In 1960 the US Department of Defense enacted a comprehensive electromagnetic compatibility program that charged the military services to build EMC into all of their communications and electronics equipment. In 1966, EMC personnel of the three military departments jointly drafted standards addressing the overall EMC needs of the Department of Defense. That program resulted in 1967 in military standards 461 (requirements), 462 (methods) and 463 (definitions and acronyms). After revision, MIL‑STD‑461A was issued in August 1968. Subsequent revisions were designated B, C, and D. MIL‑STD‑463 was withdrawn after 1990.

In 1999 the 461D and 462D standards were merged into one document, MIL‑STD‑461E. The current version is MIL‑STD‑461F (2007), and updates to it are in the planning stage. Prior revision levels A-E may still be specified for testing.

USA: Supporting Documentation

The designer of military electronic equipment has an abundance of guidance available for successfully meeting the EMC demands of the intended operating environments.


Active military standards (Table 1) specify a variety of scopes, environmental sub-categories, limits and test methods clearly and in great detail.




Grounding, Bonding and Shielding for Common Long Haul/Tactical Communications Systems Including Ground Based Communication-Electronics Facilities and Equipments


High-Altitude Electromagnetic Pulse (HEMP) Protection For Ground-Based C41 Facilities Performing Critical, Time-Urgent Missions – Part 1 – Fixed Facilities


High-Altitude Electromagnetic Pulse (HEMP) Protection For Ground-Based C4I Facilities Performing Critical, Time-Urgent Missions – Part 2 – TransporTable Systems


Environmental and Performance Tests for Fuze and Fuze Components


Measurement of Radio Frequency Spectrum Characteristics


Requirements for the Control of Electromagnetic Interference Characteristics of Subsystems and Equipment


Electromagnetic Environmental Effects – Requirements for Systems


Aircraft electric Power Characteristics


Shipboard Bonding, Grounding, and other Techniques for Electromagnetic Compatibility, Electromagnetic Pulse (EMP) Mitigation, and Safety


Measurement of effectiveness of cable, connector, and weapons enclosure shielding and filters in precluding Hazards of electromagnetic radiation to ordnance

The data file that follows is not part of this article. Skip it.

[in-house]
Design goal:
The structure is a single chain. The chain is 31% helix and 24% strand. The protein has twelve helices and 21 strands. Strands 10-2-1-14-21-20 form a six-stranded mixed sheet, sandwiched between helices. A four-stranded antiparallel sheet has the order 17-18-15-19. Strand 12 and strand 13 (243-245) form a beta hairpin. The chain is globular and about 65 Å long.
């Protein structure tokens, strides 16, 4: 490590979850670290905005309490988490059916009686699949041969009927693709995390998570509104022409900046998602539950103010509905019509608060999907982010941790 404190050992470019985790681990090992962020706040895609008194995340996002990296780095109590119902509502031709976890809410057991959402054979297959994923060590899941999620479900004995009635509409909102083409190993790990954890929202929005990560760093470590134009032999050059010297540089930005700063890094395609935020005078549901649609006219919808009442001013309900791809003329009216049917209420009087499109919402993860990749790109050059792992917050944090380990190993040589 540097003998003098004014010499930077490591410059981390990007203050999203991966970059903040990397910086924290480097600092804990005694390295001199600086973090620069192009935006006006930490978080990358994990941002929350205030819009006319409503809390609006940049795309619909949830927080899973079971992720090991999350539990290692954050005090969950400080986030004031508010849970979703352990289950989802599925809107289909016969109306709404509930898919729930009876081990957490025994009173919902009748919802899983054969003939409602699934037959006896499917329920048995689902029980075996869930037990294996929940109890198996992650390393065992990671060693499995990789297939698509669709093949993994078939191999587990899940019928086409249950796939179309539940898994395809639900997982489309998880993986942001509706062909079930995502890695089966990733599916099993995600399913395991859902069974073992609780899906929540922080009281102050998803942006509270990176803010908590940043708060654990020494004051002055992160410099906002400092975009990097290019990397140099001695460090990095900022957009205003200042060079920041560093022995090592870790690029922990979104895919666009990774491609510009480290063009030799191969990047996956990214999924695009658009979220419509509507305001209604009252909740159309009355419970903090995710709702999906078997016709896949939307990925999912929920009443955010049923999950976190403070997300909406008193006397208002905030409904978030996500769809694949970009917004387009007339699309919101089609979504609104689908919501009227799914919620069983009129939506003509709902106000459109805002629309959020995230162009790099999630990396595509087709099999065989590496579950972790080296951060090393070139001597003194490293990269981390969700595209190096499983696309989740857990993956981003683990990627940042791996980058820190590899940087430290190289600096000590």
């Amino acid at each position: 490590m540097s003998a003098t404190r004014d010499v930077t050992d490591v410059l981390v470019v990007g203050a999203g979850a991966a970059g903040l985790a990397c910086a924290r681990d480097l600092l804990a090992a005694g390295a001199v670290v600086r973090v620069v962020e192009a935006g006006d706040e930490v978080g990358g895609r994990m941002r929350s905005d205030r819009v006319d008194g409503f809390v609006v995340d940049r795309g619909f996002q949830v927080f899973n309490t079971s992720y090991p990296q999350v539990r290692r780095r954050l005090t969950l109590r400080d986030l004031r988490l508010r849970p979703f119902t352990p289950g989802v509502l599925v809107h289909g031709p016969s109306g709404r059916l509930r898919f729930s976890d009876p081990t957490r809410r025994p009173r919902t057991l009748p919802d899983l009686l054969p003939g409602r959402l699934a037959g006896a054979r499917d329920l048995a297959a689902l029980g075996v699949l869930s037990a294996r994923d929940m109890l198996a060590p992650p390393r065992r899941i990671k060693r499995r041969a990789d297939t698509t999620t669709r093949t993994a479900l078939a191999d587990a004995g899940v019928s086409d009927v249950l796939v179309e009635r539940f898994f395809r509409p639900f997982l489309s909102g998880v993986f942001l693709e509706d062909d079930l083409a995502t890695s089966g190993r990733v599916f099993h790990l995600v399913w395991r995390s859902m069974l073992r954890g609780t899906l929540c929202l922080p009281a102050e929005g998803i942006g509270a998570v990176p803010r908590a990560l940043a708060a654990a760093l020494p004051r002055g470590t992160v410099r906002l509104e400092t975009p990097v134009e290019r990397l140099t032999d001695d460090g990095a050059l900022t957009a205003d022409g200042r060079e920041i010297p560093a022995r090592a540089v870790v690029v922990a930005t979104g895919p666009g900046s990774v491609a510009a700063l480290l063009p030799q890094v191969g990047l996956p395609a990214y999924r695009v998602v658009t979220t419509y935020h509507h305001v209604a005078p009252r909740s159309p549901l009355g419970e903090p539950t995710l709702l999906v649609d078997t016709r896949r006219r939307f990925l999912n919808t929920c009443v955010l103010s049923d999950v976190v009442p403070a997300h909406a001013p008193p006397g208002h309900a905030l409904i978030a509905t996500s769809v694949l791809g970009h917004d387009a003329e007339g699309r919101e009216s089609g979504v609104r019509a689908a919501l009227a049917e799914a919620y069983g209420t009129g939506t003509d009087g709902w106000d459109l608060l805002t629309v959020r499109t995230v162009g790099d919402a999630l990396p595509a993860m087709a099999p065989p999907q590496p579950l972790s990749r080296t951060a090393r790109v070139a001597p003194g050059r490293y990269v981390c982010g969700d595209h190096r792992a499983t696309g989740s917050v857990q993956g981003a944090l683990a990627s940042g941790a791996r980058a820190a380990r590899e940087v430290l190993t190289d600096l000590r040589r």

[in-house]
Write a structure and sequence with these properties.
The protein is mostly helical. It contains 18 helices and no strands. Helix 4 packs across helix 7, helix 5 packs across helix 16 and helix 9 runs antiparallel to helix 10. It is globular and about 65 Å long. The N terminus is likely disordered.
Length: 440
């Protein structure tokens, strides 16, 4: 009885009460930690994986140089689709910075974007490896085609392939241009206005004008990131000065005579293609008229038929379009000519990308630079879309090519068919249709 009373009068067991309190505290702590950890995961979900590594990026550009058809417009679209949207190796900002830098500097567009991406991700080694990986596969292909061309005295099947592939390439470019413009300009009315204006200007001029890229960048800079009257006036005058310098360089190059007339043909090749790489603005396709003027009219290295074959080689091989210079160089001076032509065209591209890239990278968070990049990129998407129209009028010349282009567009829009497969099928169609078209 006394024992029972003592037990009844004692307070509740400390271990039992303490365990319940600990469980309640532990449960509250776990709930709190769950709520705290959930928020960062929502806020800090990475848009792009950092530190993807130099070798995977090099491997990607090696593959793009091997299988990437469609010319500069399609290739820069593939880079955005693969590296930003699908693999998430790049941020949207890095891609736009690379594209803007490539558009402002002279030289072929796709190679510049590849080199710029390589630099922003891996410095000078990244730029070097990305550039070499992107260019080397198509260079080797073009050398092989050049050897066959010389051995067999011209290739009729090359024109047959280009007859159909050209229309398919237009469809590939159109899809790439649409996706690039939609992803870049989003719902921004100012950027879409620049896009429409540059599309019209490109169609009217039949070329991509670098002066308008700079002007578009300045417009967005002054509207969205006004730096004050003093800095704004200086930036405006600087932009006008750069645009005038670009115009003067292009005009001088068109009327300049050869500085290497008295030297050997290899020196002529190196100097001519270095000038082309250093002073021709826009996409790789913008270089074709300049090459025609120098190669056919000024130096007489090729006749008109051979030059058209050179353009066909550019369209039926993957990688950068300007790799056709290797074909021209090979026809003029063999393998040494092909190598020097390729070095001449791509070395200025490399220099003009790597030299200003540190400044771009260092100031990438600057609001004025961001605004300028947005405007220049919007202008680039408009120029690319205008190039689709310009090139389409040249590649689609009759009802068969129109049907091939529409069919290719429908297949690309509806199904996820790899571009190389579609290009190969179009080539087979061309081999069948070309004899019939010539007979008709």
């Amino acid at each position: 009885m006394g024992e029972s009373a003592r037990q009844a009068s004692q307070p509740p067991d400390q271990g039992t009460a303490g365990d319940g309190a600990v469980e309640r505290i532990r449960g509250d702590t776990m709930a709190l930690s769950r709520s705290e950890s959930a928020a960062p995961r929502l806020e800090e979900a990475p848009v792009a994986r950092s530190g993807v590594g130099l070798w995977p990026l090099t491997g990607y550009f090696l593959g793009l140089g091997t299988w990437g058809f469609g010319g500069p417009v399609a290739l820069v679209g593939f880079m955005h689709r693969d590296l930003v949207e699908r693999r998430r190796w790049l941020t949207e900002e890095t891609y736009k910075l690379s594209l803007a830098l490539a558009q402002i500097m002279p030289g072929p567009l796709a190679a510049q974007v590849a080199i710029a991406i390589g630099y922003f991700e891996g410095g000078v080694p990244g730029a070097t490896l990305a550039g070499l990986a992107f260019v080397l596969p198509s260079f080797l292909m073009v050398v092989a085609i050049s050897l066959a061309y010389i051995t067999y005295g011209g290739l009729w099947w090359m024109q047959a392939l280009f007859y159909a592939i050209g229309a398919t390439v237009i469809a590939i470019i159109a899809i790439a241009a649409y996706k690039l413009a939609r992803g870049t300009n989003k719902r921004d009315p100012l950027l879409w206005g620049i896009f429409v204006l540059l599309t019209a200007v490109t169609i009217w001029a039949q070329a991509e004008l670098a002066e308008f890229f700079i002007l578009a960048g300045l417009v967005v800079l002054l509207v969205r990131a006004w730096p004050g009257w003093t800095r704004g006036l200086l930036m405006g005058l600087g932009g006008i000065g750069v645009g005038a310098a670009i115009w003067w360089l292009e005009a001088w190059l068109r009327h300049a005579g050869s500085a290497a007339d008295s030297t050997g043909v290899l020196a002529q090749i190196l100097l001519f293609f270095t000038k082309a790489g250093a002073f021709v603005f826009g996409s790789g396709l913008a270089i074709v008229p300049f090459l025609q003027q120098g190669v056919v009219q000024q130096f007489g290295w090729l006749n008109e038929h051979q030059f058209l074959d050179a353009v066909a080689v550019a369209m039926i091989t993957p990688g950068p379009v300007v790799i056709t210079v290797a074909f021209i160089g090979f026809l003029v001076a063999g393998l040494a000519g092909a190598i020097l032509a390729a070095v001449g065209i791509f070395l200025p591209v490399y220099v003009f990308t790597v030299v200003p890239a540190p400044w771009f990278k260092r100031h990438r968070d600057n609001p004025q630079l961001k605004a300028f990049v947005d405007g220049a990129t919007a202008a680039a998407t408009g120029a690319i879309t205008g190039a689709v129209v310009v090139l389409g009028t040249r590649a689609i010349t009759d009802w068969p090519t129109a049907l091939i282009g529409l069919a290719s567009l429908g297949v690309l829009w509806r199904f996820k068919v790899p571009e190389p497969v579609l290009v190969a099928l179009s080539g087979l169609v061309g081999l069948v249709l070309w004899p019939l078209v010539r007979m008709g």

Interface Standard for Shipboard Systems – Section 070 – Part 1 – DC Magnetic Field Environment


Interface Standard for Shipboard Systems – Section 300 – Electric Power, Alternating Current


Electromagnetic Compatibility Requirements for Space Systems


Electromagnetic Compatibility and Grounding Requirements for Space System Facilities


Electroexplosive Subsystem Safety Requirements and Test Methods for Space Systems


Procedures for Conducting a Shipboard Electromagnetic Interference (EMI) Survey (Surface Ship)


High Altitude Electromagnetic Pulse (HEMP) Environment.

Table 1: Active US military EMC standards for equipment, systems and facilities

The most commonly-used MIL standards are 461 (subsystems and equipment) and 464 (systems), and they apply to ground-based, shipboard and airborne applications. Other government documents may apply to a specific platform or application, and some of these are listed in the standards such as MIL‑STD‑461 and -464.


In addition to the EMC standards listed in Table 1, there are a number of handbooks available that provide procedural, EMC assessment and design guidance for specific military applications. These provide guidance only, and are not to be construed as requirements. A list of relevant handbooks is given in Table 2.




Electromagnetic (Radiated) Environment Considerations for Design and Procurement of Electrical and Electronic Equipment, Subsystems and Systems


Electromagnetic Environmental Effects and Spectrum Supportability Guidance for the Acquisition Process


Hazards of Electromagnetic Radiation to Ordnance (HERO) Test Guide


Electrical Grounding for Aircraft safety


Grounding, Bonding and Shielding for Electronic Equipments and Facilities, Volume 1 of 2 Basic Theory


High-Altitude Electromagnetic Pulse (HEMP) Protection for Fixed and TransporTable Ground-Based C4 1 Facilities – Volume 1 – Fixed Facilities


General Guidelines for Electronic Equipment


General Handbook for Space Vehicle Wiring Harness Design and Testing


Criteria for Explosive Systems and Devices used on Space Vehicles

Table 2: Active US military handbooks relating to EMC